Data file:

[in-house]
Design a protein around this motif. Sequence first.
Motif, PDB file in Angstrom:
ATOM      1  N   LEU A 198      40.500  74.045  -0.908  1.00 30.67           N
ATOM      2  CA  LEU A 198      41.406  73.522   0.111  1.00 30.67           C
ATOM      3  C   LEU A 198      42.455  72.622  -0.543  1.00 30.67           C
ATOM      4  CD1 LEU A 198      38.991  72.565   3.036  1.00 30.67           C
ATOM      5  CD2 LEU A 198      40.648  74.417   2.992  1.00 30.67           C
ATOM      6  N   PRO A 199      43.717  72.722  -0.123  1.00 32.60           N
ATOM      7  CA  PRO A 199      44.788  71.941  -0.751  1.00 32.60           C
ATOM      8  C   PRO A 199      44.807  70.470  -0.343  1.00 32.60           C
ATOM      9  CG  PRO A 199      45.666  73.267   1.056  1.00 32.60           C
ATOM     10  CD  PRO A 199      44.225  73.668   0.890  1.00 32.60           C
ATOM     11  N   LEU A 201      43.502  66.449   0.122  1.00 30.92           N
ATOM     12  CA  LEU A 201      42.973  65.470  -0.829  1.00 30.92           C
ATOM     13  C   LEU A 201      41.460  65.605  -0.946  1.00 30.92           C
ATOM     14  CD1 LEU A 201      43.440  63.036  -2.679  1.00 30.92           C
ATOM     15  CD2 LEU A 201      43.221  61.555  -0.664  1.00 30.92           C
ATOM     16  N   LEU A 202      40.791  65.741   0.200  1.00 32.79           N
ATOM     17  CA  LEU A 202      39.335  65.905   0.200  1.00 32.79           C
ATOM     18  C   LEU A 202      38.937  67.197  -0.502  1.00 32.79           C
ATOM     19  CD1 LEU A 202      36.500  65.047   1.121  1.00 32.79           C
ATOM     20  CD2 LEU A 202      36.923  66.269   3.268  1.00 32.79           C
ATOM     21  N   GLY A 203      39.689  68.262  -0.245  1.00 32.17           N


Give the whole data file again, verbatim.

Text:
[in-house]
Design a protein around this motif. Sequence first.
Motif, PDB file in Angstrom:
ATOM      1  N   LEU A 198      40.500  74.045  -0.908  1.00 30.67           N
ATOM      2  CA  LEU A 198      41.406  73.522   0.111  1.00 30.67           C
ATOM      3  C   LEU A 198      42.455  72.622  -0.543  1.00 30.67           C
ATOM      4  CD1 LEU A 198      38.991  72.565   3.036  1.00 30.67           C
ATOM      5  CD2 LEU A 198      40.648  74.417   2.992  1.00 30.67           C
ATOM      6  N   PRO A 199      43.717  72.722  -0.123  1.00 32.60           N
ATOM      7  CA  PRO A 199      44.788  71.941  -0.751  1.00 32.60           C
ATOM      8  C   PRO A 199      44.807  70.470  -0.343  1.00 32.60           C
ATOM      9  CG  PRO A 199      45.666  73.267   1.056  1.00 32.60           C
ATOM     10  CD  PRO A 199      44.225  73.668   0.890  1.00 32.60           C
ATOM     11  N   LEU A 201      43.502  66.449   0.122  1.00 30.92           N
ATOM     12  CA  LEU A 201      42.973  65.470  -0.829  1.00 30.92           C
ATOM     13  C   LEU A 201      41.460  65.605  -0.946  1.00 30.92           C
ATOM     14  CD1 LEU A 201      43.440  63.036  -2.679  1.00 30.92           C
ATOM     15  CD2 LEU A 201      43.221  61.555  -0.664  1.00 30.92           C
ATOM     16  N   LEU A 202      40.791  65.741   0.200  1.00 32.79           N
ATOM     17  CA  LEU A 202      39.335  65.905   0.200  1.00 32.79           C
ATOM     18  C   LEU A 202      38.937  67.197  -0.502  1.00 32.79           C
ATOM     19  CD1 LEU A 202      36.500  65.047   1.121  1.00 32.79           C
ATOM     20  CD2 LEU A 202      36.923  66.269   3.268  1.00 32.79           C
ATOM     21  N   GLY A 203      39.689  68.262  -0.245  1.00 32.17           N